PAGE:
Considering this is the second coach to ditch Wisconsin for a lateral (or sub-lateral) move, does this say anything about Badgers football and Wisconsin athletics?

Andrew: Yeah, something's broken. Like the fact they run the athletic department like a multinational corporation. Sure, if this was to keep tuitions down, that would be noble and no one would be looking at that crossly. But this is going into the coffers while the Badgers spend as much on assistants as Oregon State and don't have the budget to go after your top recruits like an Oklahoma or hell, even a Virginia.

And then there's academics. A.K.A. the reasons. Barry Alvarez got this thing of ours going because the Badgers were able to take a chance on a prop 48 player like a Brent Moss. Now don't get it twisted, I'm not saying that we go off and try and just grab whatever star talents that we can get. Cause truth be told? I don't want to grow up to be one of those weirdos #TalkingAboutTheBucky.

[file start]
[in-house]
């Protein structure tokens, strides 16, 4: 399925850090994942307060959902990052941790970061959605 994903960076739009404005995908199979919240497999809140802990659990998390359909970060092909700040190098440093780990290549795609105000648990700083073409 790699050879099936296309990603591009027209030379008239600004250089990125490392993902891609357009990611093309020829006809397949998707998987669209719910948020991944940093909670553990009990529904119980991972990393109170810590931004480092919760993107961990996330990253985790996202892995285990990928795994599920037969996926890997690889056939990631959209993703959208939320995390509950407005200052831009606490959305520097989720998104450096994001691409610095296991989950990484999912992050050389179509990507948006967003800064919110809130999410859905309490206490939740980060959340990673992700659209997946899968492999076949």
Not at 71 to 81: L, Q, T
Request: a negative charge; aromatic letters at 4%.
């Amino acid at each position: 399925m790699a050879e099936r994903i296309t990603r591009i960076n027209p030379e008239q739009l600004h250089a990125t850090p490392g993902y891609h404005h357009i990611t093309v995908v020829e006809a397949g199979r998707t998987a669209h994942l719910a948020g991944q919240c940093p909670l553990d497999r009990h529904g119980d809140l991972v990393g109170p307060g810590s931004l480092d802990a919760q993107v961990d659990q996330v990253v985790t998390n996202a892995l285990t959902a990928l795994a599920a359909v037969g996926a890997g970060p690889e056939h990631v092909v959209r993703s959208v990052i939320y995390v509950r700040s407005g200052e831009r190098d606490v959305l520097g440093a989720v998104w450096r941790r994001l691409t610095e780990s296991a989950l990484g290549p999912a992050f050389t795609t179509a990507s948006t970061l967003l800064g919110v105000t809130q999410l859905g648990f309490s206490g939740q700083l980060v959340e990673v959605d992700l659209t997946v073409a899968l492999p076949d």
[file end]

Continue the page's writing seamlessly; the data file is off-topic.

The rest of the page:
But that said, a less miserly athletic department budget and a less hardline stance on the prospects that the Badgers go after would only help the enrollment numbers. People are idiots. They'll go to universities cause the sports are good. That's where you'll make the investment back. Takes money to make money, jerks.

Drew: It is another black eye for the Wisconsin football program, but even Rocky took some shots before winning the title. The Badgers still have a lot to be proud of in terms of football, but turning the head coaching position into a "destination job" will be something that will take more than some Big Ten West championships. This is an even more critical hire than after Bielema left. This new coach needs to stay for a minimum of five years and there has to be sustained growth and success. This has been a frustrating week to be a Wisconsin football fan, but it is worth noting that change isn't always awful...unless your favorite bar changes their specials without advance warning.

Louis: It's freaky how similar Andersen's departure is to Bielema's. Both blindsided Barry and their players shortly after a Big Ten Championship game appearance (Bielema had the courtesy to win his) only to make lateral moves (at best!) way the hell out of the midwest. Barry talked in courteous platitudes, and underneath he had to be seething.

The problem is either 1) Wisconsin isn't ponying up enough money for assistants or 2) Nobody can work with Barry Alvarez breathing down his neck.